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Centene plan goes to court; opponents want ballot question

A rendering of the new headquarters Centene wants to build at Forsyth & Hanley (company image)

By Kevin Lavery, KWMU

Clayton, MO – The two sides in a dispute over a controversial redevelopment proposal in Clayton took their case to St. Louis County court Monday.

Last December, the Clayton City Council approved a plan by the Centene Corporation to build a new headquarters at Forsyth & Hanley. Centene already owns a building there that used to house a bookstore called Library Unlimited, and later a Border's. The city also recently sold a parking garage to Centene for the project.

Opponents, though, say the council's approval of the project denied the citizens' right to a referendum under the city charter. They're asking a county judge to order the city to put the issue on the ballot.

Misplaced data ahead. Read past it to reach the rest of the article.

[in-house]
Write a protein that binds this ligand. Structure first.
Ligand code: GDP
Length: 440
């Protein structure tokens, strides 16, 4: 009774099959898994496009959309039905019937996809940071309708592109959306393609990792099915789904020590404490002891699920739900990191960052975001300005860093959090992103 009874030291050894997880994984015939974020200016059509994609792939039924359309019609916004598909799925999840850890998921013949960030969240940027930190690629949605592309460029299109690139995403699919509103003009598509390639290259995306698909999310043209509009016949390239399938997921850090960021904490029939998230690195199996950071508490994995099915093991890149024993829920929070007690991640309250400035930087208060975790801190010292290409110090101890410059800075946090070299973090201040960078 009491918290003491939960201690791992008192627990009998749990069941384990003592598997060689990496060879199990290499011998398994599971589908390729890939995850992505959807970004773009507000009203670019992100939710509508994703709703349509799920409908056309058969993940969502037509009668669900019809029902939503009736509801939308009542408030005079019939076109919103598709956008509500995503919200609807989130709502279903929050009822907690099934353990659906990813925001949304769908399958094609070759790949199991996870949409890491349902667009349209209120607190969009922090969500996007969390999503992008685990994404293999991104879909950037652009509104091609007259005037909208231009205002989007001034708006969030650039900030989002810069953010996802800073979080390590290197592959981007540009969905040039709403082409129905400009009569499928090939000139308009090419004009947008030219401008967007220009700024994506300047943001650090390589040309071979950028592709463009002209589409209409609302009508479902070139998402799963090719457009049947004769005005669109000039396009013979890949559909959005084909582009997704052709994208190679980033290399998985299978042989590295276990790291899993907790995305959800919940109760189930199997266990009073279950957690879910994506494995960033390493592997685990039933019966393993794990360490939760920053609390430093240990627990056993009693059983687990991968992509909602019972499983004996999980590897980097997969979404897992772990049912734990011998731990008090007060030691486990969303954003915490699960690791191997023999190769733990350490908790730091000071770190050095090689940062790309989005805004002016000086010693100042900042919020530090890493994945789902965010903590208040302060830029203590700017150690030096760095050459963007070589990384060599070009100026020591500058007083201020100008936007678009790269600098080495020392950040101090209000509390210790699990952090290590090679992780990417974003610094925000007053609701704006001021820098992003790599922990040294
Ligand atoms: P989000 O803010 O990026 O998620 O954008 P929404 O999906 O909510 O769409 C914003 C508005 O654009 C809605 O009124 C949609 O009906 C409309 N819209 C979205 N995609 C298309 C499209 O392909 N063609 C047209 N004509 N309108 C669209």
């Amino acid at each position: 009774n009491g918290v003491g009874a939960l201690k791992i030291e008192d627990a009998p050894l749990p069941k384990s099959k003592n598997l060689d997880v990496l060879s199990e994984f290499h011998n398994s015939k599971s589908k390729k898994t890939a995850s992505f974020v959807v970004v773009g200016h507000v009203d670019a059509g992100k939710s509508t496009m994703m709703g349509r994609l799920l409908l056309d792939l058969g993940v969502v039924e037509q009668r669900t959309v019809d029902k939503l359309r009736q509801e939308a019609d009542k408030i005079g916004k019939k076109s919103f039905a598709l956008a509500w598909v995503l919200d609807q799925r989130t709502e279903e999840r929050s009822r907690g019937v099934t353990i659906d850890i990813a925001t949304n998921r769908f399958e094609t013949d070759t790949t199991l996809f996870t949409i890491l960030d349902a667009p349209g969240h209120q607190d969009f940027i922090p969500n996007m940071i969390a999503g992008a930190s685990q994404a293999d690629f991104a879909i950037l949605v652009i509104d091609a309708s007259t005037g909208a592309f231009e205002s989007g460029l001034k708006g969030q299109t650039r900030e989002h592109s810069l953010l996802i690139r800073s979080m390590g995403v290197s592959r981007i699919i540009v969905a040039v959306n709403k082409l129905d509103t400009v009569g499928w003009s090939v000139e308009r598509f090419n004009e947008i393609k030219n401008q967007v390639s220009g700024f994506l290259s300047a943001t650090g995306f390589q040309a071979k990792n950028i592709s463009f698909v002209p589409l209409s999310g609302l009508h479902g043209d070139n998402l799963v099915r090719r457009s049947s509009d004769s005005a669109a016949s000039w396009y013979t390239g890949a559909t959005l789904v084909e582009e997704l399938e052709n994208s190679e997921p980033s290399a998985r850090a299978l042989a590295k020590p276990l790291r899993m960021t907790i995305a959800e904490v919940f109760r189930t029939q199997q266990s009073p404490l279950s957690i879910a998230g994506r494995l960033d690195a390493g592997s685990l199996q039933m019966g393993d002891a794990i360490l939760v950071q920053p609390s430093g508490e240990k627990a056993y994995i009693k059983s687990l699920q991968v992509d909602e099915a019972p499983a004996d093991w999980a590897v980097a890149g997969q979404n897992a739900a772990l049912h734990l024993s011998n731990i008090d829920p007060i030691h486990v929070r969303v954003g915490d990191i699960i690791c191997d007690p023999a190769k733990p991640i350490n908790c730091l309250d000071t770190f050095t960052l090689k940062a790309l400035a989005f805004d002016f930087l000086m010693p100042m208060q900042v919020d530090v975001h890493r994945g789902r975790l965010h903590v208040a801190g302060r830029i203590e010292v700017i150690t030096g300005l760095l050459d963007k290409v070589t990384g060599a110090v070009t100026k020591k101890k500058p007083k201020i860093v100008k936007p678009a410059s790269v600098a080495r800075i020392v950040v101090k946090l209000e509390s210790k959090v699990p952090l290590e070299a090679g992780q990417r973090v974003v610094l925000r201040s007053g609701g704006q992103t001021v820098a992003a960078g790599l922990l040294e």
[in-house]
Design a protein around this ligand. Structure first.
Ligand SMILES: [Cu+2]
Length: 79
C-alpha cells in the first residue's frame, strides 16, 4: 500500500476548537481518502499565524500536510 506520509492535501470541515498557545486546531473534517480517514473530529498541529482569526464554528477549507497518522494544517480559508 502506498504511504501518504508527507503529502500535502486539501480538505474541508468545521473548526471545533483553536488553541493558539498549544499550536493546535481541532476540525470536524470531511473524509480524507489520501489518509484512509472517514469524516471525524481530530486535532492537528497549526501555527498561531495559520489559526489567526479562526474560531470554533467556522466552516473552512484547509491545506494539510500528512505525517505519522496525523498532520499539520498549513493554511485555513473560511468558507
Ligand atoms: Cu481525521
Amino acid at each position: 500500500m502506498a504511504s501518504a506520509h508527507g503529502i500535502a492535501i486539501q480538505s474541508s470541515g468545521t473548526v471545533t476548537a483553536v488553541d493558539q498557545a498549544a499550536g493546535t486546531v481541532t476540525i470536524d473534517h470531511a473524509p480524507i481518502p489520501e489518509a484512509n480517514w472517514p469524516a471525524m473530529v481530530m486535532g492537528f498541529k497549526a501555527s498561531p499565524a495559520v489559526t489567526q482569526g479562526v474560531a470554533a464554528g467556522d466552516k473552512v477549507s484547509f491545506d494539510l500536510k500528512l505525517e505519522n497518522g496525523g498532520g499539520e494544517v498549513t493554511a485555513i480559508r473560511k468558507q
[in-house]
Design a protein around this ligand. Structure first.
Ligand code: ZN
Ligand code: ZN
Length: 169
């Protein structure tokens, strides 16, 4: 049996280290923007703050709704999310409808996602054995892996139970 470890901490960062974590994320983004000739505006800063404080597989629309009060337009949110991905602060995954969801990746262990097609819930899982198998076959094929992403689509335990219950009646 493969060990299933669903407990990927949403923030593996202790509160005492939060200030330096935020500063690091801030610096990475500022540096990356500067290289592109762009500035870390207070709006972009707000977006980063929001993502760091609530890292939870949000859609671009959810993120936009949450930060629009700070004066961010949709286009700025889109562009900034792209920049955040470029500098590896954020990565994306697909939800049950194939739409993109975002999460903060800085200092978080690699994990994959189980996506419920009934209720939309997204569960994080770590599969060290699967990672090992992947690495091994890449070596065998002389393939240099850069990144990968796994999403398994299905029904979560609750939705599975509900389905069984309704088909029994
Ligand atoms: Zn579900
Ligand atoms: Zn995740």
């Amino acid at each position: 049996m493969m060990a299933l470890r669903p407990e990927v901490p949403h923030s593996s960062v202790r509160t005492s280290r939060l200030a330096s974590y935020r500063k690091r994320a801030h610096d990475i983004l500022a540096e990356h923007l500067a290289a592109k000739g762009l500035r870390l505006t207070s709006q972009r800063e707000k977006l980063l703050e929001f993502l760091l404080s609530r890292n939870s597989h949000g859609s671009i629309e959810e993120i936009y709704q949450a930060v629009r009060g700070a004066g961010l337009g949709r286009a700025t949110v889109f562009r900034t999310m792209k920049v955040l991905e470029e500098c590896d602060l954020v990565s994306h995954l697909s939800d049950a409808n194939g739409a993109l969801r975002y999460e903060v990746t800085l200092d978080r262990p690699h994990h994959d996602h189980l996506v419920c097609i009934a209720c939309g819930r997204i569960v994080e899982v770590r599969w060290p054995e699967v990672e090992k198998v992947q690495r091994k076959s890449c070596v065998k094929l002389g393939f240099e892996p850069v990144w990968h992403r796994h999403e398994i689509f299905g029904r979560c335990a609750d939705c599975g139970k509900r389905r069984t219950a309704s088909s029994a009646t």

But Clayton city attorney Kevin O'Keefe says the council did not usurp the charter. "The charter is not vague, it's not unclear and it's very specific," O'Keefe said Monday. "It allow the elected representatives of the city of Clayton to make a decision when the time for a decision is at hand. They did that; and for them now to say that they want to change the rules isn't what the law provides."

The judge has not indicated when she'll rule on the case.

The project's approval passed by a unanimous vote - a fact the defendants say nullifies the right to referendum under the city charter. But plaintiffs' attorney Steve Koslovsky argues the charter language is vague.

"The city has to have some extraordinary circumstances to justify taking away this right of referendum. You can't do it willy-nilly or just because you don't want a controversial issue to go to a vote."

Koslovsky says if the judge rules for his clients, they'll try to put the issue on the June 6 ballot.


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